Why Industrial Production Mattered This Week
On Thursday, the consensus (whatever that means) for Industrial Production ("IP") was an increase of 0.3%, however, the numbers disappointed with no growth at all. That was the biggest piece of information that came out all week -- bigger than Europe coming out of recession or Japan posting another quarter of growth (see below for those two stories), and following is my explanation of why.
You call that Growth?
When GDP numbers were initially released on the 31st of August, so too was Marcelle Chauvet and James Hamilton's GDP Based Recession Indicator. Without getting too engrained in the calculation of the index, they provide a clever way to estimate whether the U.S. economy is in recession using real time data (i.e. at the time of release). This contrasts the considerably lagged methodology currently employed by the National Bureau of Economic Research ("NBER"), which actually comes to a consensus decision as to when the Business Cycle began and ended, post facto (with the track record of this country coming to consensus at all, it's a wonder they actually finalize a date). Below is a graphic I created that illustrates:
- The actual points of recession as declared by the NBER (shaded grey)
- The GDP Based Recession Indicator including the most recent GDP Release from July 31st
- The threshold at which the GDP Indicator declares recession (dotted red line)
The reader can see that the GDP Based Recession Indicator has done a very good job of estimating recessions since its first reading in 1968, and likewise hasn't exhibited a single false positive (type I error, where a recession occurs but the indicator so fails to indicate). So the current reading of 30.5 seems curious, especially because there have only been two other times when reading has gone above 30 and not continued to recession (1985 and 1996).
Specifically for that reason, I closely watched the Industrial Production ("IP") numbers on Thursday. Why? Industrial Production serves as a good bellwether for national output, and can also provide indication of when the economy is falling into decline -- and most importantly, the releases are monthly instead of quarterly.
Real GDP versus Industrial Production
The Real GDP numbers just released were a first estimate for the 2nd quarter; in other words, they are a best first guess (of two, where the third is the "actual number") of the real growth that occurred during the months of April, May, & June. For the next three months, the Real GDP number will be revised, but the revision is only regarding the months of April, May, & June. No information will be gleaned regarding July, August, & September (which is really what we care about after seeing that GDP Based Recession Indicator Index).
That's where Industrial Production comes in. IP numbers come out on a monthly basis, providing us information about… you guessed it, the prior month. So Thursday's release on August 15th provided us information about July's production -- that's information that won't show up in GDP releases for another quarter.
Take a look at the series below, which plots the 12 month exponentially smoothed log changes between Industrial Production and Real GDP, along with shaded grey regions to illustrate recession.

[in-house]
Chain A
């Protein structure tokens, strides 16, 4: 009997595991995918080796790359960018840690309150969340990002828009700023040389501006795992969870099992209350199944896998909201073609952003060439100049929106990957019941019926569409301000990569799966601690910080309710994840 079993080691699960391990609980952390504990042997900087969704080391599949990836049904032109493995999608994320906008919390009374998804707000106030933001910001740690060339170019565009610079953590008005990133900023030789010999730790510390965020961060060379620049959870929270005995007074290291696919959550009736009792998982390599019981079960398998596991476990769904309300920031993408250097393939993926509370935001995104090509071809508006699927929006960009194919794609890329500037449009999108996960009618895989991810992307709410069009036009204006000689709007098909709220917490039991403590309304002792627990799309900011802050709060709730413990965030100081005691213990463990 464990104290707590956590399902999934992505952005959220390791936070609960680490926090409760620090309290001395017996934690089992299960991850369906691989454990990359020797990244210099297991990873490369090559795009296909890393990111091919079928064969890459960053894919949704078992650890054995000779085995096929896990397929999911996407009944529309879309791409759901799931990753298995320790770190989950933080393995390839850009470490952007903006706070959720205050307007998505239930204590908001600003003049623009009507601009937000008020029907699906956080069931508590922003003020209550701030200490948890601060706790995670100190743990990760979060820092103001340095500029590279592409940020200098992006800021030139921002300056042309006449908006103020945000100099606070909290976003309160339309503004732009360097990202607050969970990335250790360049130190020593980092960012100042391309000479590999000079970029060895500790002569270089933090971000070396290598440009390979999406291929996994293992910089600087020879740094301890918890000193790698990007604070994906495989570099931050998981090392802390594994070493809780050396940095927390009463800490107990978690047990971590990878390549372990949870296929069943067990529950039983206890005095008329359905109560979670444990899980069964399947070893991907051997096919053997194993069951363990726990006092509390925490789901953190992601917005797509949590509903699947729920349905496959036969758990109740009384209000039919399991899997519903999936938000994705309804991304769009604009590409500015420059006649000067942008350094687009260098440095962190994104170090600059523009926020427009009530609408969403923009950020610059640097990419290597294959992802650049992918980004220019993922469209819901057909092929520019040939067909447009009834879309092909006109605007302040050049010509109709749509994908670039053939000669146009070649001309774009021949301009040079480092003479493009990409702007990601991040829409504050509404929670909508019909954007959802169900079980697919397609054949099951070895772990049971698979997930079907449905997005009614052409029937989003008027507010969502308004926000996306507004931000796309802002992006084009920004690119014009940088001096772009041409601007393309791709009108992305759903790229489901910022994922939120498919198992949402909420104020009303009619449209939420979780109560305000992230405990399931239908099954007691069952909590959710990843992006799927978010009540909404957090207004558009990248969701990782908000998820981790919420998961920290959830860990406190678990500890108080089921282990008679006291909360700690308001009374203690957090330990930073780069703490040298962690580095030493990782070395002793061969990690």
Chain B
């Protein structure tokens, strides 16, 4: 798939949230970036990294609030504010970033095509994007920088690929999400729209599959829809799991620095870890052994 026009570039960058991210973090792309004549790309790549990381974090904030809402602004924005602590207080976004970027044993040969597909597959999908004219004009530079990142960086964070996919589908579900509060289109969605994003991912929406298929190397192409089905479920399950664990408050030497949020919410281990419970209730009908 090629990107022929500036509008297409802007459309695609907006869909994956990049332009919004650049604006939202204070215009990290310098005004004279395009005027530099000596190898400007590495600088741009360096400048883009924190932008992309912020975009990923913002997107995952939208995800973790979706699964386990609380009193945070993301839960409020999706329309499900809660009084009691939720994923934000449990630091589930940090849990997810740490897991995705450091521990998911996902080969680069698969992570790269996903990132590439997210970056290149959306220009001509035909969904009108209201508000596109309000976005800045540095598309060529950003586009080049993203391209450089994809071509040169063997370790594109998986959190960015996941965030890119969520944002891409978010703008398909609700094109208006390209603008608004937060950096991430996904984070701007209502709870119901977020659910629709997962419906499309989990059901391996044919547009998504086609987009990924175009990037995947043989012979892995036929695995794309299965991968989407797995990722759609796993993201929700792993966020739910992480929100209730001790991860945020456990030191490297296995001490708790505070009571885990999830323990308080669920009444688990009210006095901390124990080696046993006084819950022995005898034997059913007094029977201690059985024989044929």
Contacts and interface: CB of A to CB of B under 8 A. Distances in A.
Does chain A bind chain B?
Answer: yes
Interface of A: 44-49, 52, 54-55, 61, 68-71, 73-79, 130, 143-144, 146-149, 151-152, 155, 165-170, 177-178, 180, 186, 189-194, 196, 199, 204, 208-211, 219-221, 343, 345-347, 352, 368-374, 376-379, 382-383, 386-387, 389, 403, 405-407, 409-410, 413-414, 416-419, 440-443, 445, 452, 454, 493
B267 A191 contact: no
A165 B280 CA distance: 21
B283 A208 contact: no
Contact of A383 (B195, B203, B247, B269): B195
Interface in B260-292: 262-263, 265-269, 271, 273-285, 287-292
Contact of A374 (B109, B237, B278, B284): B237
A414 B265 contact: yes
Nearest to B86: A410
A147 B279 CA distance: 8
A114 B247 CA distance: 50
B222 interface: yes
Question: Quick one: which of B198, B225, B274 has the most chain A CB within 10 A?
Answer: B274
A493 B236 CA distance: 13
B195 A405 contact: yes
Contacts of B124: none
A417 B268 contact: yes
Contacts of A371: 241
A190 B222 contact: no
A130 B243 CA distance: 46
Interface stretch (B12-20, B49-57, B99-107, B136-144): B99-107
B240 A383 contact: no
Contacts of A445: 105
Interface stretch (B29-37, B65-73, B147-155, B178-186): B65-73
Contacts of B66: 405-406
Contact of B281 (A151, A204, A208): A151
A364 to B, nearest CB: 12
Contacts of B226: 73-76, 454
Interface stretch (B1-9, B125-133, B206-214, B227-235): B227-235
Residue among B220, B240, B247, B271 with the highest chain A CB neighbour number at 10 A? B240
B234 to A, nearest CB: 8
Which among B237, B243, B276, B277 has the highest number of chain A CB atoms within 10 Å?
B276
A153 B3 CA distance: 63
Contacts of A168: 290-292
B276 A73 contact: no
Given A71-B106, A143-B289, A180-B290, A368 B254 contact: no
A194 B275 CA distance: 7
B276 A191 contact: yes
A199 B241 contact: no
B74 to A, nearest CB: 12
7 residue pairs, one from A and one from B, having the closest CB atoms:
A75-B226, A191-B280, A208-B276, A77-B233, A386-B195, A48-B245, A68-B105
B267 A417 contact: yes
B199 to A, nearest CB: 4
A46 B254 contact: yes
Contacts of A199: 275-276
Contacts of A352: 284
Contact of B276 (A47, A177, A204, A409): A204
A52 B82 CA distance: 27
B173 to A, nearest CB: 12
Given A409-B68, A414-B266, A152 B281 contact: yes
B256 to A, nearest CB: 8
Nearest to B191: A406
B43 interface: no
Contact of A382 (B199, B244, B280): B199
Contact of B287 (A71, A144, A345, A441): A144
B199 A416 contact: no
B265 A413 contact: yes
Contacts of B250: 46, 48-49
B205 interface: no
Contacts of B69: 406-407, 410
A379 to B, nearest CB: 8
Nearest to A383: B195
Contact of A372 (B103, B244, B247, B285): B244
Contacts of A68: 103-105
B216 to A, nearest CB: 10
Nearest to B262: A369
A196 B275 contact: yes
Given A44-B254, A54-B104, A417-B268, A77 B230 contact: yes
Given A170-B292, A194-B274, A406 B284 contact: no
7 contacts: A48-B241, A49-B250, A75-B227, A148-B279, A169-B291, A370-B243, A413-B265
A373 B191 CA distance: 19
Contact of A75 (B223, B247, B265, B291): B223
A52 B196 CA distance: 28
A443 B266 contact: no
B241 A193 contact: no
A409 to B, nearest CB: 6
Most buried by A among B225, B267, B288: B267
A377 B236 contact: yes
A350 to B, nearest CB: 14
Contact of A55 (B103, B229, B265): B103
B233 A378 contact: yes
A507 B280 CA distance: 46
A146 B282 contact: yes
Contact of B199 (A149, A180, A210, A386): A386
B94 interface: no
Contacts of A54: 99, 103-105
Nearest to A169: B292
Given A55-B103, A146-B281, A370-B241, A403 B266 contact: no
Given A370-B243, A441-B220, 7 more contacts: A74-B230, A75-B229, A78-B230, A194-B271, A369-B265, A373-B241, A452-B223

Clearly the two series are highly related, and there's a lot of information that Industrial Production provides regarding the economic growth path (although I caution the reader to beware of "overlay" graphs that illustrate spurious relationships and don't take the necessary next step to implement statistical testing). In order to verify to the reader "the relationship is more than just looks," I perform a simple univariate regression using quarterly log changes in Real GDP as my explained variate and quarterly log changes in Industrial Production as my independent variate. The scatter plot below shows the Quarterly log changes of IP and Real GDP, along with the regression equation and coefficient of determination (R-Squared) of the regression.
Therefore, when the release yesterday showed IP up to 98.9462 from 98.9085, a log change of 0.0381% (which gets reported as 0.0), that's not a great sign, nor is it reassuring evidence that this is clearly another "head fake" of the GDP Recession Indicator Index. I'm certainly not saying that we are dipping back into recession, but I reiterate my temperament regarding subdued hiring and national output and will be keeping an eye on this same statistic over the next two months.
Noteworthy Reads / Events of the Week
- - Japan Grows Agains: On Monday Japan's Economy experienced the 3rd consecutive quarter of growth. Private consumption increased 0.8% and export growth increased 3.0%, all pointing to continued success for Prime Minister Abe's plan to shock the economy out of its deflationary spiral.
- - A Divided Europe: On Wednesday, the European Union officially announced it had risen from Recession, posting the first positive growth numbers since Q1 2011. Unfortunately, the consistency of expansion remains lumpy -- Germany & France grew at 0.2% and 0.5% respectively whereas some of the most important "periphery countries", Italy and Spain, continued to contract by 0.2% and 0.1%, respectively.
- - Put on Your Thinking Caps: David A. Rosenberg, the Chief Economist from Gluskin Sheff, provides a great, albeit dense, piece on on his economic forecasts. Namely, inflationary pressures are going to come from two main sources: 1. Price increases due to the increased inelasticity of the supply curve and 2. Wage increases. He argues that the persistently high unemployment rate is due to a skills mismatch, rather than job availability -- therefore, even though unemployment numbers may not greatly decline, positions in high demand will garner higher prices by those with the necessary skills to fill them and will push prices higher.